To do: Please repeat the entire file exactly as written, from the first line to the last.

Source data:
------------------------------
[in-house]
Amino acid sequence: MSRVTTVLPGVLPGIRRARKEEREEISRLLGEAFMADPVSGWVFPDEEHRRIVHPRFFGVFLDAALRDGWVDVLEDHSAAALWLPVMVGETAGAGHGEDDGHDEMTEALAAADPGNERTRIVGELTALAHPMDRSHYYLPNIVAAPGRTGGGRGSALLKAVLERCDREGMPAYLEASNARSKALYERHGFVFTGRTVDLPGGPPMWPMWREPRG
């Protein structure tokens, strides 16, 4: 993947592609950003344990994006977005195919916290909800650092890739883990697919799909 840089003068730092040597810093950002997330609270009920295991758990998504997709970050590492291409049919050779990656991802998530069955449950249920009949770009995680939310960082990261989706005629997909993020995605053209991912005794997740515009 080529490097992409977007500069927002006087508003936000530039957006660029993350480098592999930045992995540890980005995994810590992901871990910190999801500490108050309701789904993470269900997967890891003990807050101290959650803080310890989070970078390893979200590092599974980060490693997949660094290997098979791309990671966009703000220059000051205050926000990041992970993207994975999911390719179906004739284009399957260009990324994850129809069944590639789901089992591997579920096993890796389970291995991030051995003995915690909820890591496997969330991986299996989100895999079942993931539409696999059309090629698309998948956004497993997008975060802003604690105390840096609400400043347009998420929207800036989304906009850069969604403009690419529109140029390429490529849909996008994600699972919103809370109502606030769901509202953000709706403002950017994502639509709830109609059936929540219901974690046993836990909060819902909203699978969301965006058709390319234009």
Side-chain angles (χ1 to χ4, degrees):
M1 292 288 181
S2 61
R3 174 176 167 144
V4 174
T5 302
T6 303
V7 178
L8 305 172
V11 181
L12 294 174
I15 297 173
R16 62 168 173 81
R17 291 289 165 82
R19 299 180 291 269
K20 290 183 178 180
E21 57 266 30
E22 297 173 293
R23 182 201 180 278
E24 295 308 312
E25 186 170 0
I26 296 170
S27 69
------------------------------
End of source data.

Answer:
[in-house]
Amino acid sequence: MSRVTTVLPGVLPGIRRARKEEREEISRLLGEAFMADPVSGWVFPDEEHRRIVHPRFFGVFLDAALRDGWVDVLEDHSAAALWLPVMVGETAGAGHGEDDGHDEMTEALAAADPGNERTRIVGELTALAHPMDRSHYYLPNIVAAPGRTGGGRGSALLKAVLERCDREGMPAYLEASNARSKALYERHGFVFTGRTVDLPGGPPMWPMWREPRG
């Protein structure tokens, strides 16, 4: 993947592609950003344990994006977005195919916290909800650092890739883990697919799909 840089003068730092040597810093950002997330609270009920295991758990998504997709970050590492291409049919050779990656991802998530069955449950249920009949770009995680939310960082990261989706005629997909993020995605053209991912005794997740515009 080529490097992409977007500069927002006087508003936000530039957006660029993350480098592999930045992995540890980005995994810590992901871990910190999801500490108050309701789904993470269900997967890891003990807050101290959650803080310890989070970078390893979200590092599974980060490693997949660094290997098979791309990671966009703000220059000051205050926000990041992970993207994975999911390719179906004739284009399957260009990324994850129809069944590639789901089992591997579920096993890796389970291995991030051995003995915690909820890591496997969330991986299996989100895999079942993931539409696999059309090629698309998948956004497993997008975060802003604690105390840096609400400043347009998420929207800036989304906009850069969604403009690419529109140029390429490529849909996008994600699972919103809370109502606030769901509202953000709706403002950017994502639509709830109609059936929540219901974690046993836990909060819902909203699978969301965006058709390319234009």
Side-chain angles (χ1 to χ4, degrees):
M1 292 288 181
S2 61
R3 174 176 167 144
V4 174
T5 302
T6 303
V7 178
L8 305 172
V11 181
L12 294 174
I15 297 173
R16 62 168 173 81
R17 291 289 165 82
R19 299 180 291 269
K20 290 183 178 180
E21 57 266 30
E22 297 173 293
R23 182 201 180 278
E24 295 308 312
E25 186 170 0
I26 296 170
S27 69